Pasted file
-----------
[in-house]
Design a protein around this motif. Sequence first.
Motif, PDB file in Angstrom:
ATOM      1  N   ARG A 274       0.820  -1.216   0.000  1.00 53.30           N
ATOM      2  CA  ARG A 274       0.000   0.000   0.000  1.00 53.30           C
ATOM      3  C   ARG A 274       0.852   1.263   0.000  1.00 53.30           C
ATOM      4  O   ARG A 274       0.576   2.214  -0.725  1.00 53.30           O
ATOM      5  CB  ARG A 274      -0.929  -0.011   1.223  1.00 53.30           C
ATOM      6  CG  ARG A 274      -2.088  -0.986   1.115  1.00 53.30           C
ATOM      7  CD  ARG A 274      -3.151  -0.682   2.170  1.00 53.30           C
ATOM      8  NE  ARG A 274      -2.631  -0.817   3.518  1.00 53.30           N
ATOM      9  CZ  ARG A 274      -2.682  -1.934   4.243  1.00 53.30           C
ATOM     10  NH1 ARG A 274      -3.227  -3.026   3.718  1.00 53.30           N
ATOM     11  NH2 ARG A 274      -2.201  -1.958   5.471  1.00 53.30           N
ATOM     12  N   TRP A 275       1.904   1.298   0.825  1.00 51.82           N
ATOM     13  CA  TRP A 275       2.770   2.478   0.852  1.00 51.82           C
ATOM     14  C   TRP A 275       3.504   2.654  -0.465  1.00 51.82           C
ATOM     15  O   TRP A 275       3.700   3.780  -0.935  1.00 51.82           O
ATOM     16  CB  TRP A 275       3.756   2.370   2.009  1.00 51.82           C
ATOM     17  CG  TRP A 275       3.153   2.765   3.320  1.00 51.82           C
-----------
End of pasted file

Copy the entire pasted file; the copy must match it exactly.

[in-house]
Design a protein around this motif. Sequence first.
Motif, PDB file in Angstrom:
ATOM      1  N   ARG A 274       0.820  -1.216   0.000  1.00 53.30           N
ATOM      2  CA  ARG A 274       0.000   0.000   0.000  1.00 53.30           C
ATOM      3  C   ARG A 274       0.852   1.263   0.000  1.00 53.30           C
ATOM      4  O   ARG A 274       0.576   2.214  -0.725  1.00 53.30           O
ATOM      5  CB  ARG A 274      -0.929  -0.011   1.223  1.00 53.30           C
ATOM      6  CG  ARG A 274      -2.088  -0.986   1.115  1.00 53.30           C
ATOM      7  CD  ARG A 274      -3.151  -0.682   2.170  1.00 53.30           C
ATOM      8  NE  ARG A 274      -2.631  -0.817   3.518  1.00 53.30           N
ATOM      9  CZ  ARG A 274      -2.682  -1.934   4.243  1.00 53.30           C
ATOM     10  NH1 ARG A 274      -3.227  -3.026   3.718  1.00 53.30           N
ATOM     11  NH2 ARG A 274      -2.201  -1.958   5.471  1.00 53.30           N
ATOM     12  N   TRP A 275       1.904   1.298   0.825  1.00 51.82           N
ATOM     13  CA  TRP A 275       2.770   2.478   0.852  1.00 51.82           C
ATOM     14  C   TRP A 275       3.504   2.654  -0.465  1.00 51.82           C
ATOM     15  O   TRP A 275       3.700   3.780  -0.935  1.00 51.82           O
ATOM     16  CB  TRP A 275       3.756   2.370   2.009  1.00 51.82           C
ATOM     17  CG  TRP A 275       3.153   2.765   3.320  1.00 51.82           C